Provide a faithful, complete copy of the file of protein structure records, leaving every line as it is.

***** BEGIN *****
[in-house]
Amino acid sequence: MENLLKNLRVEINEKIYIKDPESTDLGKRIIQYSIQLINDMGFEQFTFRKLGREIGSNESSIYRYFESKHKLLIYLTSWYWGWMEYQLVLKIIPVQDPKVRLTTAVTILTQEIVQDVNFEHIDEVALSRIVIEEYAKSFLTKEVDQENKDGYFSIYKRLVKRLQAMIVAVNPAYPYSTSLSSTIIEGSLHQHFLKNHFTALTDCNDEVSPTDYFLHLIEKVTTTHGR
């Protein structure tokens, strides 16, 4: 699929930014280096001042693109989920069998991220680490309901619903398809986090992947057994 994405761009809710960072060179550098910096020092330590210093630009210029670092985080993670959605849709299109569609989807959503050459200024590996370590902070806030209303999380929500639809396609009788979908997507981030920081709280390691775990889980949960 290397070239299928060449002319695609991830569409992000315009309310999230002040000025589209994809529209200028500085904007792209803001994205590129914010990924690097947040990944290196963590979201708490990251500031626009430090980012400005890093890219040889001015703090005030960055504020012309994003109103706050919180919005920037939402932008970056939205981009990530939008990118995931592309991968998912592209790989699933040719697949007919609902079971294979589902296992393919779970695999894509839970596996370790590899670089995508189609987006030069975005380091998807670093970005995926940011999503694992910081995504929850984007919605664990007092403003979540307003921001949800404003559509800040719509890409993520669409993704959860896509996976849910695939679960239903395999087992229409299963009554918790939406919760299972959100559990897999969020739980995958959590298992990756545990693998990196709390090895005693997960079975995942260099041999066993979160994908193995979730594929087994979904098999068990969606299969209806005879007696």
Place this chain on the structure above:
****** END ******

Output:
[in-house]
Amino acid sequence: MENLLKNLRVEINEKIYIKDPESTDLGKRIIQYSIQLINDMGFEQFTFRKLGREIGSNESSIYRYFESKHKLLIYLTSWYWGWMEYQLVLKIIPVQDPKVRLTTAVTILTQEIVQDVNFEHIDEVALSRIVIEEYAKSFLTKEVDQENKDGYFSIYKRLVKRLQAMIVAVNPAYPYSTSLSSTIIEGSLHQHFLKNHFTALTDCNDEVSPTDYFLHLIEKVTTTHGR
């Protein structure tokens, strides 16, 4: 699929930014280096001042693109989920069998991220680490309901619903398809986090992947057994 994405761009809710960072060179550098910096020092330590210093630009210029670092985080993670959605849709299109569609989807959503050459200024590996370590902070806030209303999380929500639809396609009788979908997507981030920081709280390691775990889980949960 290397070239299928060449002319695609991830569409992000315009309310999230002040000025589209994809529209200028500085904007792209803001994205590129914010990924690097947040990944290196963590979201708490990251500031626009430090980012400005890093890219040889001015703090005030960055504020012309994003109103706050919180919005920037939402932008970056939205981009990530939008990118995931592309991968998912592209790989699933040719697949007919609902079971294979589902296992393919779970695999894509839970596996370790590899670089995508189609987006030069975005380091998807670093970005995926940011999503694992910081995504929850984007919605664990007092403003979540307003921001949800404003559509800040719509890409993520669409993704959860896509996976849910695939679960239903395999087992229409299963009554918790939406919760299972959100559990897999969020739980995958959590298992990756545990693998990196709390090895005693997960079975995942260099041999066993979160994908193995979730594929087994979904098999068990969606299969209806005879007696």
Place this chain on the structure above: